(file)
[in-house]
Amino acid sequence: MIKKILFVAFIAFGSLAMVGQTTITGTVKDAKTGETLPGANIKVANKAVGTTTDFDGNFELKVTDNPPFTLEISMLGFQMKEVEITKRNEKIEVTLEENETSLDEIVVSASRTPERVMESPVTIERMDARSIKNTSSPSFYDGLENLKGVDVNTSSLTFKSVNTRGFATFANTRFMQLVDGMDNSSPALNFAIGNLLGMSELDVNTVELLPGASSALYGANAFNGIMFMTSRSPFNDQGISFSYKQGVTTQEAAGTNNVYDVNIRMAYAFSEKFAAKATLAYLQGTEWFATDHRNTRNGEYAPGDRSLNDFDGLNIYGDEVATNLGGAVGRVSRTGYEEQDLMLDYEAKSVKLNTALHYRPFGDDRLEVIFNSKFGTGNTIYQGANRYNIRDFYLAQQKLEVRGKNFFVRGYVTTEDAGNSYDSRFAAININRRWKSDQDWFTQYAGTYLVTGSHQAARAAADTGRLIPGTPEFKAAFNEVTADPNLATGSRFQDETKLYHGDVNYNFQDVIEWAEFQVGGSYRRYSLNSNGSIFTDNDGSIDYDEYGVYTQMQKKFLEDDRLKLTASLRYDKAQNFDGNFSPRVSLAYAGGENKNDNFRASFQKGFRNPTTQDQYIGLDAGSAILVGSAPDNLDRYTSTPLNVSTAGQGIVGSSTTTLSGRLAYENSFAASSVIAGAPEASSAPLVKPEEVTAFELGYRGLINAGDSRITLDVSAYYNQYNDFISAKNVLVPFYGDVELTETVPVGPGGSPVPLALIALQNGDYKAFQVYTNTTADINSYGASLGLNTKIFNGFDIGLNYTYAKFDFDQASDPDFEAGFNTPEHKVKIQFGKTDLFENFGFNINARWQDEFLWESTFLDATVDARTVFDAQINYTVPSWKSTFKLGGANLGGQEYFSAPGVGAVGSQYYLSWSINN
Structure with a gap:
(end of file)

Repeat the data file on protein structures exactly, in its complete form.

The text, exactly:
[in-house]
Amino acid sequence: MIKKILFVAFIAFGSLAMVGQTTITGTVKDAKTGETLPGANIKVANKAVGTTTDFDGNFELKVTDNPPFTLEISMLGFQMKEVEITKRNEKIEVTLEENETSLDEIVVSASRTPERVMESPVTIERMDARSIKNTSSPSFYDGLENLKGVDVNTSSLTFKSVNTRGFATFANTRFMQLVDGMDNSSPALNFAIGNLLGMSELDVNTVELLPGASSALYGANAFNGIMFMTSRSPFNDQGISFSYKQGVTTQEAAGTNNVYDVNIRMAYAFSEKFAAKATLAYLQGTEWFATDHRNTRNGEYAPGDRSLNDFDGLNIYGDEVATNLGGAVGRVSRTGYEEQDLMLDYEAKSVKLNTALHYRPFGDDRLEVIFNSKFGTGNTIYQGANRYNIRDFYLAQQKLEVRGKNFFVRGYVTTEDAGNSYDSRFAAININRRWKSDQDWFTQYAGTYLVTGSHQAARAAADTGRLIPGTPEFKAAFNEVTADPNLATGSRFQDETKLYHGDVNYNFQDVIEWAEFQVGGSYRRYSLNSNGSIFTDNDGSIDYDEYGVYTQMQKKFLEDDRLKLTASLRYDKAQNFDGNFSPRVSLAYAGGENKNDNFRASFQKGFRNPTTQDQYIGLDAGSAILVGSAPDNLDRYTSTPLNVSTAGQGIVGSSTTTLSGRLAYENSFAASSVIAGAPEASSAPLVKPEEVTAFELGYRGLINAGDSRITLDVSAYYNQYNDFISAKNVLVPFYGDVELTETVPVGPGGSPVPLALIALQNGDYKAFQVYTNTTADINSYGASLGLNTKIFNGFDIGLNYTYAKFDFDQASDPDFEAGFNTPEHKVKIQFGKTDLFENFGFNINARWQDEFLWESTFLDATVDARTVFDAQINYTVPSWKSTFKLGGANLGGQEYFSAPGVGAVGSQYYLSWSINN
Structure with a gap: